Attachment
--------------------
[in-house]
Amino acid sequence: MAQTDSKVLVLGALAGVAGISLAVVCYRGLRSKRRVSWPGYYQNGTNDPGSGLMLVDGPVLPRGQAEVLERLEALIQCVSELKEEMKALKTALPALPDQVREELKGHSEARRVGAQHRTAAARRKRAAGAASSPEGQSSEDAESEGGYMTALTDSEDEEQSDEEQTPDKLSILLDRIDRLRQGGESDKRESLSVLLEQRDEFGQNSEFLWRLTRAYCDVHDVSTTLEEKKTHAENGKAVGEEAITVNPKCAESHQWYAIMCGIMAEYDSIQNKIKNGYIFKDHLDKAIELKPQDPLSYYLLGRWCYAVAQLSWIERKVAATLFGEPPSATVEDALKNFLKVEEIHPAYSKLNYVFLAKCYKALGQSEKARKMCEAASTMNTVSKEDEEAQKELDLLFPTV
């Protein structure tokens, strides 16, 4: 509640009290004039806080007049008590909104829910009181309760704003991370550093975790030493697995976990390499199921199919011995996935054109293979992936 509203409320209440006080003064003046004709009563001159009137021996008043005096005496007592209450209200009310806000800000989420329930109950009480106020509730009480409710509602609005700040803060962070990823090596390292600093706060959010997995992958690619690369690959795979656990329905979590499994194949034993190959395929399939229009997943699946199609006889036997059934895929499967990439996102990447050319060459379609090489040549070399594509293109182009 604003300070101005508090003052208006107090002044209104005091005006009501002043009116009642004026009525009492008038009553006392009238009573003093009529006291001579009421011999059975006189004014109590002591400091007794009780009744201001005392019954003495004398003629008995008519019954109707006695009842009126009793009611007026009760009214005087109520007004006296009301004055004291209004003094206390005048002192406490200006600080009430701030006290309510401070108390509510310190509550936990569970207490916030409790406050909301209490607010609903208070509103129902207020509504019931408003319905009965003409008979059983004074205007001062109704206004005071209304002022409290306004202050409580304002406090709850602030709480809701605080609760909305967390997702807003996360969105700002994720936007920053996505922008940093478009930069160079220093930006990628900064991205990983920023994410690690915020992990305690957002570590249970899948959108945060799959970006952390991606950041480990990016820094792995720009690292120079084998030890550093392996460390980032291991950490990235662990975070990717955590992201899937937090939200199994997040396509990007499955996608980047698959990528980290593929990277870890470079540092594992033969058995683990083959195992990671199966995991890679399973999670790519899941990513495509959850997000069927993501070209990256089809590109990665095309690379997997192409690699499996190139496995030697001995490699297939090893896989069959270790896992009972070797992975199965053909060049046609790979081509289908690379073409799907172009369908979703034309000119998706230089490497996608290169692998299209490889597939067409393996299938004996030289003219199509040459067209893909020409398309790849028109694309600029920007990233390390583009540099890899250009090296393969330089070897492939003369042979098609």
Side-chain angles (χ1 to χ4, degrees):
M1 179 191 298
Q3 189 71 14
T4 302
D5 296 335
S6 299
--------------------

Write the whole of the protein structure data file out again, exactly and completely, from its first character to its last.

[in-house]
Amino acid sequence: MAQTDSKVLVLGALAGVAGISLAVVCYRGLRSKRRVSWPGYYQNGTNDPGSGLMLVDGPVLPRGQAEVLERLEALIQCVSELKEEMKALKTALPALPDQVREELKGHSEARRVGAQHRTAAARRKRAAGAASSPEGQSSEDAESEGGYMTALTDSEDEEQSDEEQTPDKLSILLDRIDRLRQGGESDKRESLSVLLEQRDEFGQNSEFLWRLTRAYCDVHDVSTTLEEKKTHAENGKAVGEEAITVNPKCAESHQWYAIMCGIMAEYDSIQNKIKNGYIFKDHLDKAIELKPQDPLSYYLLGRWCYAVAQLSWIERKVAATLFGEPPSATVEDALKNFLKVEEIHPAYSKLNYVFLAKCYKALGQSEKARKMCEAASTMNTVSKEDEEAQKELDLLFPTV
């Protein structure tokens, strides 16, 4: 509640009290004039806080007049008590909104829910009181309760704003991370550093975790030493697995976990390499199921199919011995996935054109293979992936 509203409320209440006080003064003046004709009563001159009137021996008043005096005496007592209450209200009310806000800000989420329930109950009480106020509730009480409710509602609005700040803060962070990823090596390292600093706060959010997995992958690619690369690959795979656990329905979590499994194949034993190959395929399939229009997943699946199609006889036997059934895929499967990439996102990447050319060459379609090489040549070399594509293109182009 604003300070101005508090003052208006107090002044209104005091005006009501002043009116009642004026009525009492008038009553006392009238009573003093009529006291001579009421011999059975006189004014109590002591400091007794009780009744201001005392019954003495004398003629008995008519019954109707006695009842009126009793009611007026009760009214005087109520007004006296009301004055004291209004003094206390005048002192406490200006600080009430701030006290309510401070108390509510310190509550936990569970207490916030409790406050909301209490607010609903208070509103129902207020509504019931408003319905009965003409008979059983004074205007001062109704206004005071209304002022409290306004202050409580304002406090709850602030709480809701605080609760909305967390997702807003996360969105700002994720936007920053996505922008940093478009930069160079220093930006990628900064991205990983920023994410690690915020992990305690957002570590249970899948959108945060799959970006952390991606950041480990990016820094792995720009690292120079084998030890550093392996460390980032291991950490990235662990975070990717955590992201899937937090939200199994997040396509990007499955996608980047698959990528980290593929990277870890470079540092594992033969058995683990083959195992990671199966995991890679399973999670790519899941990513495509959850997000069927993501070209990256089809590109990665095309690379997997192409690699499996190139496995030697001995490699297939090893896989069959270790896992009972070797992975199965053909060049046609790979081509289908690379073409799907172009369908979703034309000119998706230089490497996608290169692998299209490889597939067409393996299938004996030289003219199509040459067209893909020409398309790849028109694309600029920007990233390390583009540099890899250009090296393969330089070897492939003369042979098609």
Side-chain angles (χ1 to χ4, degrees):
M1 179 191 298
Q3 189 71 14
T4 302
D5 296 335
S6 299